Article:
MacPherson, R.J.G. DCS RN

Birth Name MacPherson, R.J.G. DCS RN [1a]
Gender male


Event Date Place Description Notes Sources

Military Service   Royal Navy RN, HM Armed Forces, United Kingdom Ministry of Defence MoD  

Boat   HMS Childers (R91), Royal Navy  

Event Note

R.G.S. MacPherson served as Flotilla Gunnery Officer aboard HMS Childers.

Military Action July 18, 1947 יציאת אירופה Exodus 1947 אקסודוס תש"ז USS President Warfield Exodus 1947 אקסודוס תש"ז was intercepted and boarded by men from HMS Childers

Event Note

Captain Tony Bailey, served as Commander aboard HMS Childers, one of the six British destroyers which intercepted Exodus 1947 אקסודוס תש"ז.

Event Note

Lt. R.J.G. MacPherson commanded the Exodus 1947 boarding party.
Ninian Stewart cites: "His instructions were to gain control of the Wheelhouse, then clear the Top and Upper Promenade decks from for'ard to aft and establish a 'citadel' at that level. Once those tasks were completed, control was to be gained, using a strong party, first of the steering engine, to ensure it was not tampered with, and then the engine room."
In his operational report, Lt. R.J.G. MacPherson cites: "It is submitted that Boarding Parties may be most strongly warned of the danger of familiarity with American Jew-runners, and especially against accepting offers of alcoholic refreshment. They are extremely plausible fellows after they have ceased opposition, and it may be forgotten that they are criminals with a decided pecuniary interest in regaining control of the vessel if they see any chance of doing so."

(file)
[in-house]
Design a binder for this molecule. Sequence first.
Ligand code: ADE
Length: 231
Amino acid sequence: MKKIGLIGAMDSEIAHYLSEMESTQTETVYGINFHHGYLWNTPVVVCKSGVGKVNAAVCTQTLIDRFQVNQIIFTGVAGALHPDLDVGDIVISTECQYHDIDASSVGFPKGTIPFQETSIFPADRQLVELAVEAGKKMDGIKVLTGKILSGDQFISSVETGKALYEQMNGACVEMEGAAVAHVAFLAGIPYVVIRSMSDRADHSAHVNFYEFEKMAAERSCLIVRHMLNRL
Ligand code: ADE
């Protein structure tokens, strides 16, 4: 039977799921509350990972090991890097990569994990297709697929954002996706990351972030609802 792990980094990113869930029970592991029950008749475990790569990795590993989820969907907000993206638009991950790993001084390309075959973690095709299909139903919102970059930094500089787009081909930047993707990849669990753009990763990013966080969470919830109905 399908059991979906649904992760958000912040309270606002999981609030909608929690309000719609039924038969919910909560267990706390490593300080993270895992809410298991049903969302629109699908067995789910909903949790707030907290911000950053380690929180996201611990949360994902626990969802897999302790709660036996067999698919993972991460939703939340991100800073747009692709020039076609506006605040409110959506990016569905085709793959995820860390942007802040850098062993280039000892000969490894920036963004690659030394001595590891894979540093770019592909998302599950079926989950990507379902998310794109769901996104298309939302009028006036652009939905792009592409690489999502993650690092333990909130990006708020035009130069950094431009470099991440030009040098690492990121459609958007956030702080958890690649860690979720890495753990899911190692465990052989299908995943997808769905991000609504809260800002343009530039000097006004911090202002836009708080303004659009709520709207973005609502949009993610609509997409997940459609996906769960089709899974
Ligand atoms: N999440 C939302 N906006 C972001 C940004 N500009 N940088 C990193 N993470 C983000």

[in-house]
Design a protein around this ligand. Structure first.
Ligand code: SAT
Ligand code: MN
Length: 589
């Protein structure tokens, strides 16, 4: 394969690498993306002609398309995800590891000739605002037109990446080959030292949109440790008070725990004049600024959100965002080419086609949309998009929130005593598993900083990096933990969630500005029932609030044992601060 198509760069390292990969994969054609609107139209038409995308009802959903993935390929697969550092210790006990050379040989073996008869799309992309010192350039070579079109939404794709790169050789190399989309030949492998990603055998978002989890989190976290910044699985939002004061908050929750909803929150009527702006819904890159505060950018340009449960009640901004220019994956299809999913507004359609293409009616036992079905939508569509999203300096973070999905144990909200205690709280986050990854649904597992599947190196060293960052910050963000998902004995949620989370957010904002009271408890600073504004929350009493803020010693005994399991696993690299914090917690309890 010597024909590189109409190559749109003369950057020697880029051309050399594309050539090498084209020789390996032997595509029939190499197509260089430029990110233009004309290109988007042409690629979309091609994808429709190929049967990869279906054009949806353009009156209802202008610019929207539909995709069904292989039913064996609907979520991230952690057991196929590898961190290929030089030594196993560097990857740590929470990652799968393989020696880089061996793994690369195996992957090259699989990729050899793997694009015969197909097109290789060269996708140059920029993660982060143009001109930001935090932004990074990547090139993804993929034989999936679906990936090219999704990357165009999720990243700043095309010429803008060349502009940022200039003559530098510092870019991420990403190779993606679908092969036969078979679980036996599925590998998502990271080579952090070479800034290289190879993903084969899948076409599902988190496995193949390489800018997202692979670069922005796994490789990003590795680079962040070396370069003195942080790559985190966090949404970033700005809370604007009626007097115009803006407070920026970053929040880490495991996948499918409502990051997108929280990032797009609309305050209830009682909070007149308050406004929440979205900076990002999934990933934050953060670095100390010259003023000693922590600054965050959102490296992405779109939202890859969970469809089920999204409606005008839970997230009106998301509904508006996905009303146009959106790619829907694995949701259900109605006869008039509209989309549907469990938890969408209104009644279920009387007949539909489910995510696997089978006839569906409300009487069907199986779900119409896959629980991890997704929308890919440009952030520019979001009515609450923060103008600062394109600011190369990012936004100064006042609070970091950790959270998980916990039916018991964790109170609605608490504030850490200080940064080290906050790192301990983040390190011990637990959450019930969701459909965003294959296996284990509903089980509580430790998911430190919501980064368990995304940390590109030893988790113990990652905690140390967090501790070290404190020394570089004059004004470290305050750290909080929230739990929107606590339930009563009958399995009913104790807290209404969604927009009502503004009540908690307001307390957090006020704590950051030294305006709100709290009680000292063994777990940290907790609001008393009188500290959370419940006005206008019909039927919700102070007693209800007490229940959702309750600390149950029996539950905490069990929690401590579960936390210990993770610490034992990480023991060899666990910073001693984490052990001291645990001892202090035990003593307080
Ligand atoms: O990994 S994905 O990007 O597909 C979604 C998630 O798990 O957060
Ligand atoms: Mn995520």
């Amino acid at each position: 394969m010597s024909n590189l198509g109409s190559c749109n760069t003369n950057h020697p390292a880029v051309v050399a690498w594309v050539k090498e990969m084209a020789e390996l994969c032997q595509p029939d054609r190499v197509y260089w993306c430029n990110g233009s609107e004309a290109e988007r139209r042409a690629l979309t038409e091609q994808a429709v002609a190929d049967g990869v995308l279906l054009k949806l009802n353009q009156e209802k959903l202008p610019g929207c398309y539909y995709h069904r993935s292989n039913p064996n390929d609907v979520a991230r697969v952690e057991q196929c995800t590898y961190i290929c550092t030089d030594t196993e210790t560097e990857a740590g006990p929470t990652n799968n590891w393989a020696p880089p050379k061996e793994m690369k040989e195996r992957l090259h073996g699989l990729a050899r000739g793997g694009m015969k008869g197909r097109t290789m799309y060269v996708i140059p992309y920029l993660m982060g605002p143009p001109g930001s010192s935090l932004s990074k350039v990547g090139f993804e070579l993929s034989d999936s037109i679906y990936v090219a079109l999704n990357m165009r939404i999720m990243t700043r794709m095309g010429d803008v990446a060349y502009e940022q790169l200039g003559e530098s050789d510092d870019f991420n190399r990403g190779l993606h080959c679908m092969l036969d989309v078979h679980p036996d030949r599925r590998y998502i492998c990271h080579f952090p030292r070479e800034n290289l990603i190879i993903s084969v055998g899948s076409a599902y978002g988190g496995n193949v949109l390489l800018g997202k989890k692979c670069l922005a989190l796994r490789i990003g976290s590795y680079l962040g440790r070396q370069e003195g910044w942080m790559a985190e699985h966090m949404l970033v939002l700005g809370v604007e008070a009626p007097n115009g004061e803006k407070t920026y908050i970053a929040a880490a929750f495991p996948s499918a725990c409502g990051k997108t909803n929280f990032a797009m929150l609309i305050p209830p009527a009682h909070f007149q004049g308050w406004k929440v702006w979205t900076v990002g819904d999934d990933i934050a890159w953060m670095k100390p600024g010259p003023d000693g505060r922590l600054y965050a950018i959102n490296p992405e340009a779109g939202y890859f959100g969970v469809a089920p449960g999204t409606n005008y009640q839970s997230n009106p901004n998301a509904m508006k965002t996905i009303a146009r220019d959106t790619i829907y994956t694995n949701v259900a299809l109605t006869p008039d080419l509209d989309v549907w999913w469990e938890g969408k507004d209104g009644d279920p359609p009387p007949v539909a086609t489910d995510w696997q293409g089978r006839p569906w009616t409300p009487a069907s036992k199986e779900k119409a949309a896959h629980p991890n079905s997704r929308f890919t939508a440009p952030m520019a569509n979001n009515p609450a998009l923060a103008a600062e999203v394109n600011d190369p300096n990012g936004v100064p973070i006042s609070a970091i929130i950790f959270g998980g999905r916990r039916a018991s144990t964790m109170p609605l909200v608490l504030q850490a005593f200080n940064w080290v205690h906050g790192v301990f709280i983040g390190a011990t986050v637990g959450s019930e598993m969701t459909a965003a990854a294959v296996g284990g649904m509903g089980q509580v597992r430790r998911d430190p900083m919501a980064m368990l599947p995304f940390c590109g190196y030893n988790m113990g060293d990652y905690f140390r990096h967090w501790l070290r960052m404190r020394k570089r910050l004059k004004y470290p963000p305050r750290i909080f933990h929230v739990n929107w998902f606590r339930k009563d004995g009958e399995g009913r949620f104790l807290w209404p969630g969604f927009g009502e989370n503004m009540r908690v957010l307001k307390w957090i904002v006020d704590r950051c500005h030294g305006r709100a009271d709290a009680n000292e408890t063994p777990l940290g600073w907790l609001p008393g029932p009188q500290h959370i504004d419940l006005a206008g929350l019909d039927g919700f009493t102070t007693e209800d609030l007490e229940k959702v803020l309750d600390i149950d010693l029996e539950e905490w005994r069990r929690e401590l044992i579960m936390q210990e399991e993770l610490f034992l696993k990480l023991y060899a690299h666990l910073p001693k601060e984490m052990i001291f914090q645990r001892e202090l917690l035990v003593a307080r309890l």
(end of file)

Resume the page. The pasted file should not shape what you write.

Event Note

Bernard Marks cites: "Mordechai Baumstein shot to death."
Berry Pinshow cites: "Mordechai Baumstein was not killed by a British bullet, rather he received a head injury when beaten with a truncheon. The British refused to allow him to receive medical treatment in Haifa and he died as a result."
John Stanley Grauel cites: "Mordecai Baumstein bled to death from a gunshot wound to the stomach. The British did not transfer him to one of their ships for a blood transfusion."
Shmuel Be'ari cites: "My job was to remain below in the engine room and I did that despite the tear gas grenades that were thrown through the ventilation pipes. We had given maximum power to the engines in our mad and hopeless race to the shore, before we would give in. We almost succeeded in doing so. Only when the British soldiers on the upper deck threatened to throw tear gas grenades on the women and children did we give in. Once caught, we were brought to Haifa and transferred to the deportation ships and we thought that we were now on our way to Cyprus. Only on the following day, 24 hours after the start of our voyage were we told that we were being sent back to France."


Source References

  1. The Royal Navy and the Palestine Patrol
    1. Page: 119
  2. The Exodus affair: Holocaust survivors and the struggle for Palestine


    1. MacPherson, R.J.G. DCS RN